Although total consumption has declined over the past 15-20 years, and in 1996 dropped below the Ministry of Health's target of 8.7 litres by the year 2000, there is still considerable variation in the amount of alcohol consumed by New Zealanders.
A national survey in 1995 found that 10 percent of drinkers drank almost half the total amount of alcohol consumed - the equivalent of 31 cans of beer each week. The heaviest 5 percent of drinkers alone were responsible for drinking a third of all alcohol, consumed, each one drinking an equivalent of 63 cans of beer a week. These heavier drinkers were predominantly young men.

What is the social cost of alcohol misuse in New Zealand?
When used in moderation, alcohol can reduce the risk of certain illness for some groups. However, when alcohol is misused, the resulting harms can be considerable. These harms include physical and mental health problems, injury and death on the roads, drowning, violence, fetal abnormalities, absenteeism and impaired work performance. In annual terms, the social costs alone of alcohol misuse in New Zealand have been estimated as being between $1.5-billion and $2.4-billion.

What is the National Alcohol Strategy?
The overall goal of the National Alcohol Strategy is to help minimise alcohol-related harm to individuals, family/whanau, the community and New Zealand Society. The Strategy outlines specific objectives and strategies needed to significantly reduce alcohol-related harm by 2003. Targets have been set to reducing the prevalence of drinking among pregnant women, reducing the prevalence of binge drinking amongst young people including young Maori and Pacific peoples and reducing the rate of road accidents involving drivers who have consumed alcohol.

Where does this strategy fit in relation to the New Zealand Health Strategy and the National Drug Policy?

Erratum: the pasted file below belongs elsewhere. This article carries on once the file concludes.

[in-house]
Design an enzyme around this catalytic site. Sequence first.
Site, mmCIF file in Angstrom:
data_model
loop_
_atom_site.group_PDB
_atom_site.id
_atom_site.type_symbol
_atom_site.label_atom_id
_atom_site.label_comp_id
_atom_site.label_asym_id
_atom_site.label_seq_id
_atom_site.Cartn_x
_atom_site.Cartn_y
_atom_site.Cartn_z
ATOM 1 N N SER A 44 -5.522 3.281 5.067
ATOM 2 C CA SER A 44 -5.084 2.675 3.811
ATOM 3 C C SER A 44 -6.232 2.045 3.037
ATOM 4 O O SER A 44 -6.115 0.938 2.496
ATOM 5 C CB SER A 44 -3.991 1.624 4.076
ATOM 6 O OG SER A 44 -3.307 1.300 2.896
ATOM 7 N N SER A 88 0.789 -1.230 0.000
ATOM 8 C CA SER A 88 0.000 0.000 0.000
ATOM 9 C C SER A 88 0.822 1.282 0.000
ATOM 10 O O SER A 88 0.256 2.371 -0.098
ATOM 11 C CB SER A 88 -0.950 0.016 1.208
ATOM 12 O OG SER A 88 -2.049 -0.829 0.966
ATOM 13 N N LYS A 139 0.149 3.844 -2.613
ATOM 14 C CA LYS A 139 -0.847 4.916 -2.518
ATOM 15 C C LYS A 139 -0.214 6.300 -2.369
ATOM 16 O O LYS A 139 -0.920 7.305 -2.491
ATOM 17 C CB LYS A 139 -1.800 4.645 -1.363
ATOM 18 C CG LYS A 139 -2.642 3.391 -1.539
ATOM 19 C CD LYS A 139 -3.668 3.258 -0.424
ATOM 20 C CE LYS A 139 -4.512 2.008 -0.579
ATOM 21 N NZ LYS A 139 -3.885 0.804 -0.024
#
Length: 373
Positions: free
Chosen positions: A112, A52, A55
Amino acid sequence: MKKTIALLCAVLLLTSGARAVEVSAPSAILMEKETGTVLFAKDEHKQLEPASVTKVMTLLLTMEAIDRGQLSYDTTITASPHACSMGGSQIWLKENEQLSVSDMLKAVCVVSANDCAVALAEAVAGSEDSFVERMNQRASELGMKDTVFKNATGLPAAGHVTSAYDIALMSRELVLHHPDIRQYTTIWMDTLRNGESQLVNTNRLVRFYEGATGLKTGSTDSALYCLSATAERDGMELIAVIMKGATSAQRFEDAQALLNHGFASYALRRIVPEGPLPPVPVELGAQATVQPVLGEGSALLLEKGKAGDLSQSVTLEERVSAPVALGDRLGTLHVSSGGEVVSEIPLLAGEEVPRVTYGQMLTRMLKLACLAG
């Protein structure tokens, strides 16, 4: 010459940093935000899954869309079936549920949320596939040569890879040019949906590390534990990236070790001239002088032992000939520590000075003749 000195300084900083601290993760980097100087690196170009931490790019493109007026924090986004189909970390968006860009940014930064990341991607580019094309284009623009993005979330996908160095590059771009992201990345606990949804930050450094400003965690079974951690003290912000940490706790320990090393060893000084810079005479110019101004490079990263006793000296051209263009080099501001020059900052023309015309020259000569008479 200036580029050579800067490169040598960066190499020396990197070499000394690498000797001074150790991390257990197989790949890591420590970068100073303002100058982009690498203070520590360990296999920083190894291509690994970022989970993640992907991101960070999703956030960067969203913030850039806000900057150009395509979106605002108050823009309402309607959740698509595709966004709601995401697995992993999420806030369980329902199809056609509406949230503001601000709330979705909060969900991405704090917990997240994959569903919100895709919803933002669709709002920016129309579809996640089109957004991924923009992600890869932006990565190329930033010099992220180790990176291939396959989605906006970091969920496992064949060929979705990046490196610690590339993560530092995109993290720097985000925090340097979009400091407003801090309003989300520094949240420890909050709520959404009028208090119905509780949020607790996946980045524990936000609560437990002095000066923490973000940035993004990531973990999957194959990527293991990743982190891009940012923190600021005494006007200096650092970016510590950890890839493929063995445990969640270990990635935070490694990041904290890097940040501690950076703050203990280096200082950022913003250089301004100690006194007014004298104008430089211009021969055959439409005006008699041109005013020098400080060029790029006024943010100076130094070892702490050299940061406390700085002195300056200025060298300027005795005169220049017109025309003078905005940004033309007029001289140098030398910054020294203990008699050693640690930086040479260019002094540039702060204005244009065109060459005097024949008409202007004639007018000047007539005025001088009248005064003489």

The National Alcohol Strategy sits under the New Zealand Health Strategy and the National Drug Policy.
The New Zealand Health Strategy sets the platform for change and identifies key priority areas, including minimising the harm associated with alcohol misuse.
The National Drug Policy outlines the Government's commitment to minimise all drug-related harm and identifies various priority areas and desired outcomes. The National Alcohol Strategy is more specific. It develops a set of strategies by which to achieve the alcohol-related targets that are listed in the National Drug Policy.

Is this the first time the Government has developed a national policy statement on alcohol?
No. In recognition of the health, social and economic costs of harmful alcohol use, the Government released a national policy statement on alcohol in mid 1996, as one part of its combined National Drug Policy. This document recognises that, on one hand, when used in moderation and in non-hazardous situations, alcohol can provide personal and social benefits, but on the other hand, when it is misused or is used in risky situations, alcohol can also cause great damage to individual drinkers, their families and the wider community. The policy approach to alcohol, therefore was not to try to prevent its use altogether, but rather to minimise the harm associated with alcohol.